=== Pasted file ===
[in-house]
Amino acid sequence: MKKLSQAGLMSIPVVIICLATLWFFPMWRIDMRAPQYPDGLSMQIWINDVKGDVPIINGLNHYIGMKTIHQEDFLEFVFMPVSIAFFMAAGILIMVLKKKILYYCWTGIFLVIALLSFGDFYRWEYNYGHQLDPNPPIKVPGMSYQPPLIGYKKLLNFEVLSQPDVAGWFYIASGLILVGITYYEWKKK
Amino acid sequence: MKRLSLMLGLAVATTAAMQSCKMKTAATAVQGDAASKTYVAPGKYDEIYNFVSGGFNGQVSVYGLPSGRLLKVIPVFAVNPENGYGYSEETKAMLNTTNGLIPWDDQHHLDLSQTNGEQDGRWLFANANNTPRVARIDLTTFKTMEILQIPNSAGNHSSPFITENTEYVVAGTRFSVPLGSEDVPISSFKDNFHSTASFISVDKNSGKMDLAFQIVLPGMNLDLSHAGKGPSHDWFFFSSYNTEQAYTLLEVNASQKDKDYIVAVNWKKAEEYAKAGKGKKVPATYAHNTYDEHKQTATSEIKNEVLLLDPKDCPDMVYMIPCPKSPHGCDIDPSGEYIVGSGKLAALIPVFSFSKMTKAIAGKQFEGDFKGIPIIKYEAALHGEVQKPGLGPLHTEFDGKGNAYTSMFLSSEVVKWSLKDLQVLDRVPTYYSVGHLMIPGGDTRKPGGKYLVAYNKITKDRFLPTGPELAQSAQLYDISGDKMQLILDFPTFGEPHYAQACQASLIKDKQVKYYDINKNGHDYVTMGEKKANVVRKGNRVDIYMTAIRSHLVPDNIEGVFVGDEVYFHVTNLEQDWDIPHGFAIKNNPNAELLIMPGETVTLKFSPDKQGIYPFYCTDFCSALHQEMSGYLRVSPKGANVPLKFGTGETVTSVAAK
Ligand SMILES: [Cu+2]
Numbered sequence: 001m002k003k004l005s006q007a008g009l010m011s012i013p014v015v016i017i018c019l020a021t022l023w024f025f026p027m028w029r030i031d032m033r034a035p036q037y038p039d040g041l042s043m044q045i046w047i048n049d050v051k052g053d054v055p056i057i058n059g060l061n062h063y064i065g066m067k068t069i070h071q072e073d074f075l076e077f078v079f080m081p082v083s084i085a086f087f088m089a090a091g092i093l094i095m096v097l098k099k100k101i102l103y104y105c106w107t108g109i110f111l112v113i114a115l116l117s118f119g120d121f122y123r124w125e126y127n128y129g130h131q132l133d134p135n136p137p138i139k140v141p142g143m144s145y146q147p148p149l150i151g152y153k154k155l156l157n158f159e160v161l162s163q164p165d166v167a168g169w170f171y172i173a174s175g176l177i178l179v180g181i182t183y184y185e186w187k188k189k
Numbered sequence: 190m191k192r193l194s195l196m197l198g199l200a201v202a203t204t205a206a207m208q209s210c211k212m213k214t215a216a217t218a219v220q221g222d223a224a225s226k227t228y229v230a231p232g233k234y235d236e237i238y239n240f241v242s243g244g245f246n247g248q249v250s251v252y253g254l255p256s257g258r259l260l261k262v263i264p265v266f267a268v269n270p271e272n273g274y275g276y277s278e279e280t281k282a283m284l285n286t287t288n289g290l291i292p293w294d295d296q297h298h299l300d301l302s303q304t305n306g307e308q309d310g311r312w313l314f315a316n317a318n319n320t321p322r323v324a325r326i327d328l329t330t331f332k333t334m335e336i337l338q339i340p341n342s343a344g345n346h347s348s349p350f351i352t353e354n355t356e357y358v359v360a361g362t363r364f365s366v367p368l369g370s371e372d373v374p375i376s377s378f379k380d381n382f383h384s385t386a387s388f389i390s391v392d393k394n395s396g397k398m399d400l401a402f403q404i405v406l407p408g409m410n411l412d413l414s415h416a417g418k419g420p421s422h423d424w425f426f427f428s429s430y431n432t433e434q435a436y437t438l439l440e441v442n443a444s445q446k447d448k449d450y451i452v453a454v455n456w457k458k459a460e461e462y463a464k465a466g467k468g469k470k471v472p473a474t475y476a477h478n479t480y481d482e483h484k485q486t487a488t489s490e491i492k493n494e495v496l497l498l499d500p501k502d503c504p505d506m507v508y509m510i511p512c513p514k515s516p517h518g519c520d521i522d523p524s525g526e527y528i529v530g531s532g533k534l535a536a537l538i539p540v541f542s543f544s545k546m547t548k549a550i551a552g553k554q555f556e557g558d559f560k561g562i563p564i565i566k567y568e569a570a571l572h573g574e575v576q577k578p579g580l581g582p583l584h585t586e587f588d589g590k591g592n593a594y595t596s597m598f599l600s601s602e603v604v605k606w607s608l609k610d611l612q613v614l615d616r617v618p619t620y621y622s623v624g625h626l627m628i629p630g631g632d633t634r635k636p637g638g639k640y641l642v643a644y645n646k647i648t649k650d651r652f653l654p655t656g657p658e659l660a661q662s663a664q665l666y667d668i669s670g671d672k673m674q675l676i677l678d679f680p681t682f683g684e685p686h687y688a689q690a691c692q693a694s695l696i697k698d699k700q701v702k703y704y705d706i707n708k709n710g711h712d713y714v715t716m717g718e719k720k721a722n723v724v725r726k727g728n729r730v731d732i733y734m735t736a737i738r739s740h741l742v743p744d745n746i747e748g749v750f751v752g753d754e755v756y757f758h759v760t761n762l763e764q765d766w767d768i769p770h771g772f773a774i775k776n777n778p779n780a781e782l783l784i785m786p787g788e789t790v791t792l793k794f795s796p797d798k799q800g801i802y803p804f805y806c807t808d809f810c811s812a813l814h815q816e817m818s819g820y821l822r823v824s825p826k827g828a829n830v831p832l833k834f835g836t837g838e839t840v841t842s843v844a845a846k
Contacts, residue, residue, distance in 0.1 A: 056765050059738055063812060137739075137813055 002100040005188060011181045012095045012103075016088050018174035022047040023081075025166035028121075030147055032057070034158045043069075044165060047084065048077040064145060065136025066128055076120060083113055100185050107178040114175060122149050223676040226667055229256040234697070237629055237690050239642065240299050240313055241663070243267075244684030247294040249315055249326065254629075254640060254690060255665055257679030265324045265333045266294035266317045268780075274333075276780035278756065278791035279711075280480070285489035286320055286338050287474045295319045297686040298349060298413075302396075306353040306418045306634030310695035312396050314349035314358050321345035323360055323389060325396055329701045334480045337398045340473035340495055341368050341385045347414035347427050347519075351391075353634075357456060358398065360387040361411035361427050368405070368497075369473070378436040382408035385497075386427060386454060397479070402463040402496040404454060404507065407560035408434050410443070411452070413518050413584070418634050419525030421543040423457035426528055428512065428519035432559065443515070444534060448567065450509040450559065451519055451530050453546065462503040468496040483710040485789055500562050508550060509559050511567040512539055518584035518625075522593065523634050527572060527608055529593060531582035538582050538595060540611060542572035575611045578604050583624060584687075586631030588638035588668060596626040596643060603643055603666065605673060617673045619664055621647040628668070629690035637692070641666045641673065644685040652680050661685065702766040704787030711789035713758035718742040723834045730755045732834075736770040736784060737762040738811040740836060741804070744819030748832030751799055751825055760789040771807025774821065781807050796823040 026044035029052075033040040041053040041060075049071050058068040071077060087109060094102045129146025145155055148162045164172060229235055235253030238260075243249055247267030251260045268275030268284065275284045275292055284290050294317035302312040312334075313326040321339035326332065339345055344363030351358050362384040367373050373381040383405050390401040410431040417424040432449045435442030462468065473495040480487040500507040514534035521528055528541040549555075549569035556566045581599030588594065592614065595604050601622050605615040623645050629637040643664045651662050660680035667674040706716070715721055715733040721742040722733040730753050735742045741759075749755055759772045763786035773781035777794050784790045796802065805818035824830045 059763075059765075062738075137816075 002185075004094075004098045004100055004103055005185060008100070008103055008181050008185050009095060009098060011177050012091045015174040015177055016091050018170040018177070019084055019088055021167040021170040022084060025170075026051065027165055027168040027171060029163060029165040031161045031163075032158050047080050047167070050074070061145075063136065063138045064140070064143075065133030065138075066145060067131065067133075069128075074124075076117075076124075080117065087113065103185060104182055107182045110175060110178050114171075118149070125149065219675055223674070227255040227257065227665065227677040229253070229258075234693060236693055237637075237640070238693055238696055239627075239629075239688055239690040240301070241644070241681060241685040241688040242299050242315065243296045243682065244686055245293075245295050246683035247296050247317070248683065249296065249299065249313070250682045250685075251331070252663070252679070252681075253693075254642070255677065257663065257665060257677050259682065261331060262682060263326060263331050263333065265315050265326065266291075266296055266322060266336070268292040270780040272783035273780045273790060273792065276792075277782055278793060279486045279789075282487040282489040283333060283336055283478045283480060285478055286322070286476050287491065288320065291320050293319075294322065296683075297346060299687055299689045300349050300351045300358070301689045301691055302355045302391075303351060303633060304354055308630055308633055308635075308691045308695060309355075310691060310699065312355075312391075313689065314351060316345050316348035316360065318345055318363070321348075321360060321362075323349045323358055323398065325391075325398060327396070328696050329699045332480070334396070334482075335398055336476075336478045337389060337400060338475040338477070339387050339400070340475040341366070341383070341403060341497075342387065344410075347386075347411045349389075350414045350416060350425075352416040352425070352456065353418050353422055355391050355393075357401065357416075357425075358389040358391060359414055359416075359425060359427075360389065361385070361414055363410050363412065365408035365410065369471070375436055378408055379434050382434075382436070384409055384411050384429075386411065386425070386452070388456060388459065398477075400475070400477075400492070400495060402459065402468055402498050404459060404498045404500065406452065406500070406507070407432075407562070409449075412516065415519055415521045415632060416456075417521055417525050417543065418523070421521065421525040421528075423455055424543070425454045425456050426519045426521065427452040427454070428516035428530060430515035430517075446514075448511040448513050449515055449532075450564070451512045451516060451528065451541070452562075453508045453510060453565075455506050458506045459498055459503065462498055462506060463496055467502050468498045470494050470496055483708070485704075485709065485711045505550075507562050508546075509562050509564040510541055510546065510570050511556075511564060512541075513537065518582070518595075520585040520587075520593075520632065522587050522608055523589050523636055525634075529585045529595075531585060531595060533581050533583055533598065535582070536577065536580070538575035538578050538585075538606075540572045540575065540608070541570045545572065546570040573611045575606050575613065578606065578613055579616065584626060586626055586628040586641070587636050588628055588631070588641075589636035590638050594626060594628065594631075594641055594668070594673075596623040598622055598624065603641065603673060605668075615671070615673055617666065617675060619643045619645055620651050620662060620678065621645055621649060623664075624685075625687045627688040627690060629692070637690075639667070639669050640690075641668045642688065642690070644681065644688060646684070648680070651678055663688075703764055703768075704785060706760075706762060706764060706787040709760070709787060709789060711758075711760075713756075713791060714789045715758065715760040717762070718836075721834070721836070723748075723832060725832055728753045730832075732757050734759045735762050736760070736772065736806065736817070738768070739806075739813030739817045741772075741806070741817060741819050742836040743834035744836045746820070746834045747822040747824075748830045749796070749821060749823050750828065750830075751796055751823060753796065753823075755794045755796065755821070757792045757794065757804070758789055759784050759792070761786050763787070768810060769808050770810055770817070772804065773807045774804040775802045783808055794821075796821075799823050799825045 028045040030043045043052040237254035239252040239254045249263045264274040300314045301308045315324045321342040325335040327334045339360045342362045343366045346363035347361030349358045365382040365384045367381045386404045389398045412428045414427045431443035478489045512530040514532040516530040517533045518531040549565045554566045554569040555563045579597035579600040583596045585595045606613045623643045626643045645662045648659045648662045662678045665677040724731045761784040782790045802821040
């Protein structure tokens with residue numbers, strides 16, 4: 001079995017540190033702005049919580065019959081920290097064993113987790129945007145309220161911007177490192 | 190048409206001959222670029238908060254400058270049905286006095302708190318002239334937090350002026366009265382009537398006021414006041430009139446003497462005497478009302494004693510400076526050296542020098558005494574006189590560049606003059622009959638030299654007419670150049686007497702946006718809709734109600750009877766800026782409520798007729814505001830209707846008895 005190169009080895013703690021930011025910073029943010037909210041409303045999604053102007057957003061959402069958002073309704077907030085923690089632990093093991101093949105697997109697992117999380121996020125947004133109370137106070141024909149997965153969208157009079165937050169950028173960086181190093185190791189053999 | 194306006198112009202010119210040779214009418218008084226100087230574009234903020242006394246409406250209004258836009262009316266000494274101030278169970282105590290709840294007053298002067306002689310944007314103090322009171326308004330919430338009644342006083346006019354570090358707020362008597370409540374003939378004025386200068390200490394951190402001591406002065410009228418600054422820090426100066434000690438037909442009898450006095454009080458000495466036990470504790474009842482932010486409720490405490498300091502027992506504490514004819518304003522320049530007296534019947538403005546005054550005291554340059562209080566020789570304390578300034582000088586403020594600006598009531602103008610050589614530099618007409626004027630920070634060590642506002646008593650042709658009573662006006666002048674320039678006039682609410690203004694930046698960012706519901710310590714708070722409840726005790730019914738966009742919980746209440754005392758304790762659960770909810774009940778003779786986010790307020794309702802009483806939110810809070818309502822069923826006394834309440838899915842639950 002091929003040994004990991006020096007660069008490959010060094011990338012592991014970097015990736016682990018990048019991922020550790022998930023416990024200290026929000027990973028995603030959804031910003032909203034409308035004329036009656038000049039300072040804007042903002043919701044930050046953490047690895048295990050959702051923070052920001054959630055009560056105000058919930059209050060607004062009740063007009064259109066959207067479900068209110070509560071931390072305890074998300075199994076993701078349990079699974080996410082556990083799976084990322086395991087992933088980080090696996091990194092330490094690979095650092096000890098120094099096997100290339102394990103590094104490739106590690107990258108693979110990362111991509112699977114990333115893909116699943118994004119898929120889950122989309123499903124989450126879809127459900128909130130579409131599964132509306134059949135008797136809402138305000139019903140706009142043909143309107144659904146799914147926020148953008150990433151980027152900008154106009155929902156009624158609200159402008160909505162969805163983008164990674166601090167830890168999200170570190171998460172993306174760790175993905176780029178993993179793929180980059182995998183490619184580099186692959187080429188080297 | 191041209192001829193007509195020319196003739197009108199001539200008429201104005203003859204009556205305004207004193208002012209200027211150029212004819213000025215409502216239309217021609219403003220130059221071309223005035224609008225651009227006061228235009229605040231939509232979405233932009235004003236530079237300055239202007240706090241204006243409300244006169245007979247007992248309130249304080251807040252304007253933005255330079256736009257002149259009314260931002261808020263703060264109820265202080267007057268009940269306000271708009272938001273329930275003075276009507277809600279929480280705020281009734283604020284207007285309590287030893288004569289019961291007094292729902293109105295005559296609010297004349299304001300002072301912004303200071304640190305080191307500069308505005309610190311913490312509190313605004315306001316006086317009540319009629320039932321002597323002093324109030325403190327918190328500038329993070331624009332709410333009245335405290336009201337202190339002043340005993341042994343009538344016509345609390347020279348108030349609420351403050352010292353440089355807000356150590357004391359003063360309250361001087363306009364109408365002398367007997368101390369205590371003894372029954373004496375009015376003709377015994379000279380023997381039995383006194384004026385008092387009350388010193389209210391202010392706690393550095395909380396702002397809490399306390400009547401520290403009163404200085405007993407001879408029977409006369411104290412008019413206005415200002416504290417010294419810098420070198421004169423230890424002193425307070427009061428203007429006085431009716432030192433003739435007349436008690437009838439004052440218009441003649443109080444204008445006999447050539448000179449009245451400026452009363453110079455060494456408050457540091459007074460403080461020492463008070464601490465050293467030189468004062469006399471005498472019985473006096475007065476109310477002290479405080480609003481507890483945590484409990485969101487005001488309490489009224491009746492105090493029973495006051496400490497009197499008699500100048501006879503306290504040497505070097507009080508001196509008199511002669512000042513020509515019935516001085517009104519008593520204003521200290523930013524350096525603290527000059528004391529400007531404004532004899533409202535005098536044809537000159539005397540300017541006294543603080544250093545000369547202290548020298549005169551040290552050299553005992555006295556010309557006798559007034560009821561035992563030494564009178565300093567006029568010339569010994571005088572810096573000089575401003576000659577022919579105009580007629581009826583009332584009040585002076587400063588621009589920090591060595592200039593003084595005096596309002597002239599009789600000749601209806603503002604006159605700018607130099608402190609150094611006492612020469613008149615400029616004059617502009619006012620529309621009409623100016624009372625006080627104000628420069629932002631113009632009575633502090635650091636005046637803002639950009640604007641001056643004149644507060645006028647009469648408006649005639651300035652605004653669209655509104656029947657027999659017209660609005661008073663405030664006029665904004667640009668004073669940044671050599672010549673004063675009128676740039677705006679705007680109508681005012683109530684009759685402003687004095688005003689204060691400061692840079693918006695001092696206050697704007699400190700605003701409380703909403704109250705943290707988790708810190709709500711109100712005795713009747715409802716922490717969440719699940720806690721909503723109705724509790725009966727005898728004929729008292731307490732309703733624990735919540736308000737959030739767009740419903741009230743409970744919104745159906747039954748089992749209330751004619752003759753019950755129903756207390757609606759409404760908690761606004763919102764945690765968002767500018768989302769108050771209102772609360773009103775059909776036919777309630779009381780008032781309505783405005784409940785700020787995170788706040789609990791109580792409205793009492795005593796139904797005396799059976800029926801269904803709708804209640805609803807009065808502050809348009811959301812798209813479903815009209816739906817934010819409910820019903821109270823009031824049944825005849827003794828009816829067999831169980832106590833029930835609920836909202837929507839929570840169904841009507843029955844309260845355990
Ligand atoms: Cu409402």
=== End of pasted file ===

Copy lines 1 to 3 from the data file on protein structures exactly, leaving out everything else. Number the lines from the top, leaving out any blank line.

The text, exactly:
[in-house]
Amino acid sequence: MKKLSQAGLMSIPVVIICLATLWFFPMWRIDMRAPQYPDGLSMQIWINDVKGDVPIINGLNHYIGMKTIHQEDFLEFVFMPVSIAFFMAAGILIMVLKKKILYYCWTGIFLVIALLSFGDFYRWEYNYGHQLDPNPPIKVPGMSYQPPLIGYKKLLNFEVLSQPDVAGWFYIASGLILVGITYYEWKKK
Amino acid sequence: MKRLSLMLGLAVATTAAMQSCKMKTAATAVQGDAASKTYVAPGKYDEIYNFVSGGFNGQVSVYGLPSGRLLKVIPVFAVNPENGYGYSEETKAMLNTTNGLIPWDDQHHLDLSQTNGEQDGRWLFANANNTPRVARIDLTTFKTMEILQIPNSAGNHSSPFITENTEYVVAGTRFSVPLGSEDVPISSFKDNFHSTASFISVDKNSGKMDLAFQIVLPGMNLDLSHAGKGPSHDWFFFSSYNTEQAYTLLEVNASQKDKDYIVAVNWKKAEEYAKAGKGKKVPATYAHNTYDEHKQTATSEIKNEVLLLDPKDCPDMVYMIPCPKSPHGCDIDPSGEYIVGSGKLAALIPVFSFSKMTKAIAGKQFEGDFKGIPIIKYEAALHGEVQKPGLGPLHTEFDGKGNAYTSMFLSSEVVKWSLKDLQVLDRVPTYYSVGHLMIPGGDTRKPGGKYLVAYNKITKDRFLPTGPELAQSAQLYDISGDKMQLILDFPTFGEPHYAQACQASLIKDKQVKYYDINKNGHDYVTMGEKKANVVRKGNRVDIYMTAIRSHLVPDNIEGVFVGDEVYFHVTNLEQDWDIPHGFAIKNNPNAELLIMPGETVTLKFSPDKQGIYPFYCTDFCSALHQEMSGYLRVSPKGANVPLKFGTGETVTSVAAK